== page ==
Romeo and Belichick.

A weekly look at the sports commentariat.
Feb. 4 2002 6:21 PM

Romeo and Belichick

With Boston fans celebrating a rare championship, the pundits can't resist invoking names like Bucky Dent, Bill Buckner, or the Bambino—all demons in the Red Sox's 83-year World Series drought. But does the Patriots' win, no matter how thrilling, really make up for 83 years of futility?

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Romeo and Belichick: How did the Pats upend the highly favored Rams? The Kansas City Star's Jason Whitlock blames Rams coach Mike Martz: "Someone remind Mike Martz that Marshall Faulk is the best player in the NFL. Someone tell Martz that when [Kurt] Warner is nursing numerous injuries, including a sore thumb on his throwing hand, that he's not nearly as effective. … Martz believed the hype. He bought into the garbage about the Rams being too fast for the Patriots. He thought Warner and his receivers would throw 30 points on New England with relative ease." From the other sideline, the New York Times' Mike Freeman praises Pats coach Bill Belichick. "Playing against Belichick, the New England coach, is like coming across the neighborhood tough guy in a dark alley. But the brawler doesn't have only bulging muscles, he also has the I.Q. of a nuclear physicist." The Boston Globe's Will McDonough singles out Romeo Crennel, New England's obscure defensive coordinator, who kept the Rams and Warner off balance all night.

Kurt Warner channels Jim Everett: Warner tossed two interceptions and couldn't find the end zone until the fourth quarter. "Sorry, but the great offenses come through in the biggest games," the St. Louis Post-Dispatch's Bernie Miklasz writes. "The San Francisco 49ers of the 1980s and early 1990s and the Dallas Cowboys of the '90s went a combined 8-0 in the Super Bowl and the offense always delivered at trophy time. In their last five quarters of Super Bowl play, these Rams have scored 24 points. Too many duds. Not enough points." By gagging, Warner missed a chance to join an elite club, the Dallas Morning News'Tim Cowlishaw suggests. Of the eight quarterbacks who won multiple Super Bowls, seven are enshrined in Canton or headed there on the first ballot. Warner's constant misfires remindedLos Angeles Times columnist T.J. Simers of the "Jim Everett-Dieter Brock-T.J. Rubley football that used to be played in Anaheim."

The New York Post's Steve Serby wrote the most unabashedly jingoistic lead: "Inside a red, white and blue fortress called the Superdome, they let freedom ring last night, and they let freedom sing, and then they played a football game that stands today as tall as the Twin Towers once did as a defiant statue of liberty. On the night they wrapped a star-spangled banner around the neck of terror and squeezed tight, they played a football game that will be remembered as Patriots' Day."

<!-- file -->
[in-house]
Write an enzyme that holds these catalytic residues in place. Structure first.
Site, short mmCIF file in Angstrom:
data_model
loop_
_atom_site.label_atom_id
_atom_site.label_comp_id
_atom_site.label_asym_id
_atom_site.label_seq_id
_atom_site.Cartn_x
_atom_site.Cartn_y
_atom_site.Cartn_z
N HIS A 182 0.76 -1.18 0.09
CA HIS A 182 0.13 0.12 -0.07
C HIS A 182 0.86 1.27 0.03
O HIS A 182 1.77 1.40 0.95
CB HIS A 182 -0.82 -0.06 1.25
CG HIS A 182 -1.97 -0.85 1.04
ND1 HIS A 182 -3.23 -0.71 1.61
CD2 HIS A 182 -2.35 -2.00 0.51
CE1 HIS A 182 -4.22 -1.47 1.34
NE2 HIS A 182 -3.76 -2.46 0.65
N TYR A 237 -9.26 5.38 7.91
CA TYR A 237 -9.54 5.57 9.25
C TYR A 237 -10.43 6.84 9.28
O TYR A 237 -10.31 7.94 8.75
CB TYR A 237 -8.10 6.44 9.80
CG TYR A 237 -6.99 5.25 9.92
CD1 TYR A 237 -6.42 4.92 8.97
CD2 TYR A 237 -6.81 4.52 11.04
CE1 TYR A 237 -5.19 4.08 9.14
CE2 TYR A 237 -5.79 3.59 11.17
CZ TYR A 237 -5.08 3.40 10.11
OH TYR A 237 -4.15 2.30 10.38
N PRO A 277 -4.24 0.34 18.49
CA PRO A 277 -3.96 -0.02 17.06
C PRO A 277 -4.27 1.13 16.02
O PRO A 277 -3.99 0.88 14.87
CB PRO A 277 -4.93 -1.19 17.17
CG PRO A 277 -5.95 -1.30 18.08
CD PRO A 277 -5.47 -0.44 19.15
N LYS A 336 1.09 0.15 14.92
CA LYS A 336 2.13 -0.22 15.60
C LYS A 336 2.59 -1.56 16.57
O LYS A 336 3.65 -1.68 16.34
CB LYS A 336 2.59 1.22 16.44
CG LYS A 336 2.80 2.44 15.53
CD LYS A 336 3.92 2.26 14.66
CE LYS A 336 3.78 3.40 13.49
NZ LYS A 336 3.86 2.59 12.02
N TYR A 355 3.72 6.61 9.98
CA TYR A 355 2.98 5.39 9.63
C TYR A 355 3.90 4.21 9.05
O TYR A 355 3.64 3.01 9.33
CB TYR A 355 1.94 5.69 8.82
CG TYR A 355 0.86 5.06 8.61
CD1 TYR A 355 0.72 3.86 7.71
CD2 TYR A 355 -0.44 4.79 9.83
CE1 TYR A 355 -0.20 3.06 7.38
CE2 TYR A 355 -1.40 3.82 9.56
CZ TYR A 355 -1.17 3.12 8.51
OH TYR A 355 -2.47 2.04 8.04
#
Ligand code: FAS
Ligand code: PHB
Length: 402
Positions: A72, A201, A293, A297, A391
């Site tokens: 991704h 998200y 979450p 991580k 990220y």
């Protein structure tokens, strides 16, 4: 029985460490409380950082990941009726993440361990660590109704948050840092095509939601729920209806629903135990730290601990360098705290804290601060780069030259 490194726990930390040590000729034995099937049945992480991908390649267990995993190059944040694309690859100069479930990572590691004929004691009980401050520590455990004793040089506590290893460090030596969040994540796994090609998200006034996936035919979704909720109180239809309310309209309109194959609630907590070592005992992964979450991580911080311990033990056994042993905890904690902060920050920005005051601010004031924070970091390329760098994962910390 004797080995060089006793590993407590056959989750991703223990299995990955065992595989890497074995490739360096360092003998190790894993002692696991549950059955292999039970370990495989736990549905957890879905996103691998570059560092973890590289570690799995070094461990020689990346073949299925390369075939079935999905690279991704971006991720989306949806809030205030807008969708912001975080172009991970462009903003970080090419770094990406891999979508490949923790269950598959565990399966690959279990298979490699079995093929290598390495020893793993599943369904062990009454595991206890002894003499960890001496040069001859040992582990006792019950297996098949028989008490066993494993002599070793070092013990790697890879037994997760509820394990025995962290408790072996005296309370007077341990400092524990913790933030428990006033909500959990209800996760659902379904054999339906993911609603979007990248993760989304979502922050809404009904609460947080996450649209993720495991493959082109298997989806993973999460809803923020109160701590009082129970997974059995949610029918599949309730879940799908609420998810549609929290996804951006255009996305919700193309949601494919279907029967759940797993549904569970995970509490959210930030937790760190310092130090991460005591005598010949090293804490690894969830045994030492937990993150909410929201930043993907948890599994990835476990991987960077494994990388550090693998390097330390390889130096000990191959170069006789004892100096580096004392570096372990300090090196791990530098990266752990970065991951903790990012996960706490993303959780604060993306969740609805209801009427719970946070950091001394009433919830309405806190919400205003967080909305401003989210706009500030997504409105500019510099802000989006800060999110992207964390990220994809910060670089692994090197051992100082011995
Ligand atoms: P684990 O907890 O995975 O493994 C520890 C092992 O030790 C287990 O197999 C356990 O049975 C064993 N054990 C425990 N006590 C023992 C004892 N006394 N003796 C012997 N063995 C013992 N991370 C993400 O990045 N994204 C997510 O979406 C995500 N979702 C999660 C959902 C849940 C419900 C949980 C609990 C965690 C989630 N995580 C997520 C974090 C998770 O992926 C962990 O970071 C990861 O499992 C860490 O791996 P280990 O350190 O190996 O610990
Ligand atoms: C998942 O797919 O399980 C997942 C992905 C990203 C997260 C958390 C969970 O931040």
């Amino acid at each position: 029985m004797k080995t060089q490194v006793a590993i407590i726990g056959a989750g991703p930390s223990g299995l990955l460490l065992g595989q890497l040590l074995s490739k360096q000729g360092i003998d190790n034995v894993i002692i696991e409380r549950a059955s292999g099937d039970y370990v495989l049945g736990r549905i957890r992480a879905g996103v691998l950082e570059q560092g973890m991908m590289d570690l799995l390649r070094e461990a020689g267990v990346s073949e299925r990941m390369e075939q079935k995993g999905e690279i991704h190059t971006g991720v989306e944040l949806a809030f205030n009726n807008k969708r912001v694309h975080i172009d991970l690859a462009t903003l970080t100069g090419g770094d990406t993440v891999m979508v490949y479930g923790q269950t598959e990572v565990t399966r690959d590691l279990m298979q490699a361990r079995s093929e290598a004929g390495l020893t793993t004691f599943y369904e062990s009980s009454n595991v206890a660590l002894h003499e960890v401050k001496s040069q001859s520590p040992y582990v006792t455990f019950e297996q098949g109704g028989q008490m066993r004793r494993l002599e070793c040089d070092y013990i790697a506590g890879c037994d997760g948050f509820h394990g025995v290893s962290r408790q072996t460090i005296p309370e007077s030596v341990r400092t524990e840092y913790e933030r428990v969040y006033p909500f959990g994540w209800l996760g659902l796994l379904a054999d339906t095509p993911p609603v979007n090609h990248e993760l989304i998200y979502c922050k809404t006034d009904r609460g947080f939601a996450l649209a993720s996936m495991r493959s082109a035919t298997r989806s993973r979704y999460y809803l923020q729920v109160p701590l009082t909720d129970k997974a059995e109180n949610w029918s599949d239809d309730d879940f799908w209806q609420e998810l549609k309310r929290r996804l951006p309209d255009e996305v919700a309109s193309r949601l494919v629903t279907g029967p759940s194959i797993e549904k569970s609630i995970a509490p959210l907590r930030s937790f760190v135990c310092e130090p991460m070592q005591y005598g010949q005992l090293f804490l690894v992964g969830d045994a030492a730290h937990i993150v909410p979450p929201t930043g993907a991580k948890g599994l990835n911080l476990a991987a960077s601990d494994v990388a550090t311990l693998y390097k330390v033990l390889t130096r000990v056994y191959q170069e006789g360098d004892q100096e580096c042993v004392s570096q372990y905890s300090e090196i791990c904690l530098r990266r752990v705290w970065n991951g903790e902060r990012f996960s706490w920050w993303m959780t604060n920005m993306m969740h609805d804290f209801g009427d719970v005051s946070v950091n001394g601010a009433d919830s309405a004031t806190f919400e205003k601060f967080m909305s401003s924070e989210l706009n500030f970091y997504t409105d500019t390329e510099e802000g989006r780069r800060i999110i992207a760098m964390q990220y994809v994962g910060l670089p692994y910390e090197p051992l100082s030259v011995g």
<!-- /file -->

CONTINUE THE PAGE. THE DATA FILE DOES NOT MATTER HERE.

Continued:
Rose with any other team: As the NBA's Feb. 25 trade deadline approaches, the biggest talent on the block is shooting guard/provocateur Jalen Rose, the Chicago Tribune's Sam Smith reports. The Trail Blazers have offered Scottie Pippen; the SuperSonics have dangled Vin Baker. But the Bulls might trump both by dealing Ron Artest and Brad Miller.

Smith raps Wizards coach Doug Collins for failing to develop Kwame Brown, the first overall pick in last year's draft. Just one week earlier, the Washington Post's Michael Wilbon wrote a similar column. But "Sports Nut" had the story in October: "What should worry the Wizards is that Collins has yet to develop a big man from scratch. … This is a non-issue if you're building the team around a 24-year-old Michael Jordan, a potentially major one if, like the Wizards, you're building it around Kwame Brown, an 19-year-old power forward who never played a minute of college basketball."

Elegy for Iron Mike: Last week, the Nevada State Athletic Commission denied Mike Tyson a license to box, effectively canceling his title bout with Lennox Lewis. The Kansas City Star's Joe Posnanski argues that Tyson's career hardly merits a title shot. He made his name by outpointing washed-up former champs and nobodies. "Mike Tyson has never been anything but a fraud in the ring. A no-heart slugger. Everybody talks these days about whether Mike Tyson, the man, deserves another shot at the title. Somebody, somewhere, might want to mention that Mike Tyson, the boxer, definitely does not."

Bryan Curtis is a staff writer for Grantland. Follow him on Twitter.

Chris Suellentrop is the deputy editor for blogs at Yahoo News and a contributing writer for the New York Times Magazine. He has reviewed video games for Slate, Rolling Stone, and NewYorker.com. Follow him on Twitter.

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